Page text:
Disability Friendly Charging Stations
A bulky cable tucked away inside a closet is not an easy piece of machinery to access for a visually impaired person or someone in a wheel chair. The new industry of electric cars with its charging cables and cords work well for most people, they are not the easiest for those with special needs.
A company has set out to make charging equipment work for people with disabilities, Control Module Inc.’s EVSE charging stations. The company’s charging stations so far have met and eve exceeded the expert recommendations for persons with disabilities.
Control Module Inc.. Control Module, CMI’s EVSE division announced the company's electric vehicle, EV chargers will come with automatic retractable cable management. According to the published report by Sustainable Transportation Strategies, Electric Vehicle Charging for Persons with Disabilities, authored by David W. Mayfield who is an expert in the field of EV charging and accessibility, the details how EV charging can be made compliant were published with the ADA standards for parking accessibility.
The CMI EVSE Design. By eliminating obstacles for the general public and those with physical challenges, the EVSE chargers automatically lowers the charging cable from an overhead storage compartment directly to an ADA-compliant height for easy reach and access. Think of it as a crane that lowers and automatically retracts the cable when the connector is removed from the vehicle. This feature eliminates any accidental tripping and accessibility issues commonly associated with coiled cables, their transport back and forth from the charging station, and the accessibility challenges created by curbs, poles and bollards often found with other EV charging stations.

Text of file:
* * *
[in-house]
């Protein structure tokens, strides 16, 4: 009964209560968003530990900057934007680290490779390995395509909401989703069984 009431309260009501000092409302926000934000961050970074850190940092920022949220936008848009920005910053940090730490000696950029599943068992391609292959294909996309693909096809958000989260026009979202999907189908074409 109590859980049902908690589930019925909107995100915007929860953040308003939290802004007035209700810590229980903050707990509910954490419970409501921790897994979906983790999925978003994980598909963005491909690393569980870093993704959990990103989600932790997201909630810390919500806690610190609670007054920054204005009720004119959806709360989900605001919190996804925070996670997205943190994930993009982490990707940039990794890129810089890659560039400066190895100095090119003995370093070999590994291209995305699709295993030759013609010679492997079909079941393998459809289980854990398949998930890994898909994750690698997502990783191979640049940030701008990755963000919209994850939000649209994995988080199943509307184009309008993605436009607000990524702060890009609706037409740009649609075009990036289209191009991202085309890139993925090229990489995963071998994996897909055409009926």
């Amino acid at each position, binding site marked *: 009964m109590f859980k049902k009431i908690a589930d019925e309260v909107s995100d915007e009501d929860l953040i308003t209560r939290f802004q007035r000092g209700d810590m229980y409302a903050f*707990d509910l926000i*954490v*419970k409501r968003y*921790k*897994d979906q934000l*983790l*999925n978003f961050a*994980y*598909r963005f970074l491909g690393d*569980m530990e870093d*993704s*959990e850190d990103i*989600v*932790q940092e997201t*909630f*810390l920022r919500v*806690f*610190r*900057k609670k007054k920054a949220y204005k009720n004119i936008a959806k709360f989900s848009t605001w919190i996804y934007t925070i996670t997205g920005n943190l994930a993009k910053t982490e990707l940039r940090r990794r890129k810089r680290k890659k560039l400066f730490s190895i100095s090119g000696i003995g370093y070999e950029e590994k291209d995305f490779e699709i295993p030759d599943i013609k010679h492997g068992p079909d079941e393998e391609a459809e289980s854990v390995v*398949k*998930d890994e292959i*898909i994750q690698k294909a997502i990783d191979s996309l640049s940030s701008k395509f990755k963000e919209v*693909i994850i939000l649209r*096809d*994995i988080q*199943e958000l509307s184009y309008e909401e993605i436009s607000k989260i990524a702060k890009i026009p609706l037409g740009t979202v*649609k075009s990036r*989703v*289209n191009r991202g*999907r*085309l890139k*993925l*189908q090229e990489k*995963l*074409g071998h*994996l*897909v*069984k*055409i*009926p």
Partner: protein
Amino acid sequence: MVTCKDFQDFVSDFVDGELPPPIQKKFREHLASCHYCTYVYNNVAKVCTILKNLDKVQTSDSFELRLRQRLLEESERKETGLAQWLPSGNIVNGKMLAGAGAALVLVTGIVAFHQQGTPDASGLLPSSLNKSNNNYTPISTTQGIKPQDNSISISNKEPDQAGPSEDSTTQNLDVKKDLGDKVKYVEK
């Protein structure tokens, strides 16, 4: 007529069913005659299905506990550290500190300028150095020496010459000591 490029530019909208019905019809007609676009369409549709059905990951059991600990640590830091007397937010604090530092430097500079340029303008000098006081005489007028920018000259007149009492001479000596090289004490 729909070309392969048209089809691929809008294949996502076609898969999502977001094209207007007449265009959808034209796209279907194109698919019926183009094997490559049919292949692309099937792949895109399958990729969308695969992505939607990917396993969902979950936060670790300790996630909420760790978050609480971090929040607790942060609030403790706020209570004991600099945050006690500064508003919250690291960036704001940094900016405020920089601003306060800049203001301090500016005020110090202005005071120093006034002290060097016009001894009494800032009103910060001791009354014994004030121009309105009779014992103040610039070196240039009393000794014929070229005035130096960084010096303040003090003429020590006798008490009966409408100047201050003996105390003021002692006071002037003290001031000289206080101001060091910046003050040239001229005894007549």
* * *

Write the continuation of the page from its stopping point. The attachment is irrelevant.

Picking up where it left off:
While there are no government or ADA standards specifically addressing electric car charging for persons with disabilities, EVSE's chargers are designed to be compliant with the U.S. Department of Justice’s 2010 ADA Standards for Accessible Design.
One quick look at any charging stations around the country will show you they are not ADA compliant. By using an automatic retractable cable management system that lowers the charging cable to an ADA-compliant height, CMI positions itself to be one of the first companies to think about people with disabilities.
According to James S. Bianco, CEO of Control Module, Inc. “Finally, the user does not have to reach down to the floor to pick up a cable that has been left on the ground, or dig through ice or snow,” “As EV charging stations become more numerous, the magnitude of cables on the ground could pose a significant public safety hazard, which has not been addressed to date by other EV charger companies. EVSE LLC is addressing it directly."
Making electric cars and plug-in hybrids accessible to people with disabilities, Control Module Inc. could be the company that sways an untapped market.